Picture of Arduino Beginner and Basic Electronics Kit Primer
I learned that one of my nieces had an interest in programming.  She was working with robotics at high school and has a summer internship where they had  Arduinos.  I think she was able to borrow an Arduino to experiment with at home but every Maker knows that is not the same as having a piece of kit that is yours to own...and possibly destroy, well, not intentionally, maybe, in some cases, never mind.

So according to the Good Book of Ibles and "The Unwritten Uncle Rules of Spoiling Your Nieces and Nephews Unless They are Brats", I should be putting together a kit to give to her to further her aspirations as a Powerpuff Engineer or Engineer Minion.  Really, it doesn't matter who you are, especially young ladies, the world needs more thinkers and engineers to keep it running.

Putting together a beginner kit fror programming an Arduino is also putting together an intro kit to electronics.  The programming of the Arduino allows it to interface with the real world by using electronic sensors or switches for input.  It provides feedback by causing motors to move, sounds to emit from speakers, or causes LEDs to blink or turn on.  Practical application of theory is always better to learn from.

This Primer will explain what it takes to put an Arduino Beginner and Basic Electronics kit together to get someone going. It may not be inclusive of everything but essentials to get started.  Actually, this is all the extra stuff I had laying around to share. If you take a look at all of those beginner sets, they are kinda pricey and will probably be paying more just for the convenience.

DISCLAIMER: I will probably drop a lot of brand names in this ible.  Any recommendation or opinion is based on my personal experience so YMMV.  I don't get any kickbacks or anything...but it would be nice ;-)

I am not an electronics expert, but I do play one on Instructables. I know enough to be dangerous, the rest I google.

DizzyIzzi8 months ago

I am getting my first engineering degree and I love to play with microprocessors and microcontrollers at home. I just read your whole post and it was very helpful and entertaining! Thanks

caitlinsdad (author)  DizzyIzzi8 months ago

Thanks. Good luck on your studies and career. It helps to read up on whatever your interests are and stock up on tips or trivia that will help you in the future.

creasty1 year ago
hey,friend it's look like u have a great knowlage on arduino i need ur help,i m new to arduino..i want to run arduino programme which i'hv (made for leonardo board only) and check whether there is any error in programme or not..and than i want to upload this programme in programme board and acorrding to programme it'll run 2 gear motor,so how can i check it and load it..can u please tell me step wise instruction or put instructable type vedio..i'll be thankfull,thank you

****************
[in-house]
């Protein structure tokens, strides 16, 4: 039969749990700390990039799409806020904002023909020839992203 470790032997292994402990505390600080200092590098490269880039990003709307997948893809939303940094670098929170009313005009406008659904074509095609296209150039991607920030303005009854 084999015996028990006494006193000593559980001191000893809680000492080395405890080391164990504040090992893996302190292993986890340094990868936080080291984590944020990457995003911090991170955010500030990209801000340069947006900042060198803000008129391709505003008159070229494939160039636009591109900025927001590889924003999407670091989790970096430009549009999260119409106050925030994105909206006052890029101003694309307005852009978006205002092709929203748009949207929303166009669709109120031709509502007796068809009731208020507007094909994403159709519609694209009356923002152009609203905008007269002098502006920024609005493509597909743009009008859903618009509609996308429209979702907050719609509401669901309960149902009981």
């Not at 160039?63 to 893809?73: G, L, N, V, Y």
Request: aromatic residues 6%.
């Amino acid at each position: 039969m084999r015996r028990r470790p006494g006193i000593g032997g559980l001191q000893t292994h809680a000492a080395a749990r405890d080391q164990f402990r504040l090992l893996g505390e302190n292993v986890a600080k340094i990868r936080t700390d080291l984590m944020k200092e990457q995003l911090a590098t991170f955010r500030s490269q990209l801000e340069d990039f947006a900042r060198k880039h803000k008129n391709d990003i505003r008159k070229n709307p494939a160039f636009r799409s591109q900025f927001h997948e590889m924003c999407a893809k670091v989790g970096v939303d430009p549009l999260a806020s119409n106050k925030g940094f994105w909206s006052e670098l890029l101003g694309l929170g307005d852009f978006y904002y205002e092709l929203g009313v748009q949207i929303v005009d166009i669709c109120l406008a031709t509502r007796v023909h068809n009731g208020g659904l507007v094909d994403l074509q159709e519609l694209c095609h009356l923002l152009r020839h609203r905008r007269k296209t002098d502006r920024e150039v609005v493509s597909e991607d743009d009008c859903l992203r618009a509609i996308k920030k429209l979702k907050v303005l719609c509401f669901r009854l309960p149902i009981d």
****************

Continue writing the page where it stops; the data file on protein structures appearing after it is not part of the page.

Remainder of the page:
caitlinsdad (author)  creasty1 year ago
Welcome to instructables.
I haven't seen any arduino simulator programs, there might be something out there though. If you run the "compile program" option in the IDE where you are loading the program, it will run through a syntax check for errors and watch the messages. I do not know what kind of motor you are using but usually you shouldn't directly connect a motor to the output pins on the Arduino. The initial startup power surge or kick required to turn the motor could burn out your board and hence the need for those H-bridge transistor circuits. But if you think you have it physically connected correctly, loading a wonky program onto an arduino will not hurt it. It may lock it up into not responding. Worse case, hit the reset button while your reload the basic blink sketch to get things back to normal. Load the basic blink sketch and change some things around in the program so you get familiar with the compile and upload and run process. Good luck.
https://github.com/satr/Robot-vacuum-cleaner-controlled-by-Arduino/blob/master/Robot_vacuum_cleaner_controlled_by_Arduino/Robot_vacuum_cleaner_controlled_by_Arduino.inothanks a lot for guiding me,i'hv checked program as per your instruction..this are my steps...>open arduino IDE software > write program > save it > tool menu>verify/compile>and in bottom of the page it shows result 'done compiling' and message 'Binary sketch size: 5,304 bytes (of a 28,672 byte maximum)' what it simply means/ my whole programme syntcs is correct and there isn't any error like that !! or not?this is d screen shot of that program. and secondly i'm putting a link of that program only,can u please check it in your arduino software and tell me,programme is ok or not..
i'll be thankful.
caitlinsdad (author)  creasty1 year ago
Sorry, but I am not into analyzing or debugging programs but the best thing I could tell you is to load it up and see how it runs. From there figure out what is not running right and adjust or correct it. The compile is a basic syntax check but what happens physically is the result of your logic flow. If things don't work as expected is it your electronic circuit setup? Motors, power drain, startup response, capacitance and microcontrollers are all things you learn about when delving into the "robotics: world which are not apparent to the end user.
caitlinsdad (author)  caitlinsdad1 year ago
Oh, servo motor units are connected directly to power and the data output pin.
anasdad1 year ago
Thanks for putting this together. It made it easier for me to (Frugally...lol) part with the money for a good starter kit.
caitlinsdad (author)  anasdad1 year ago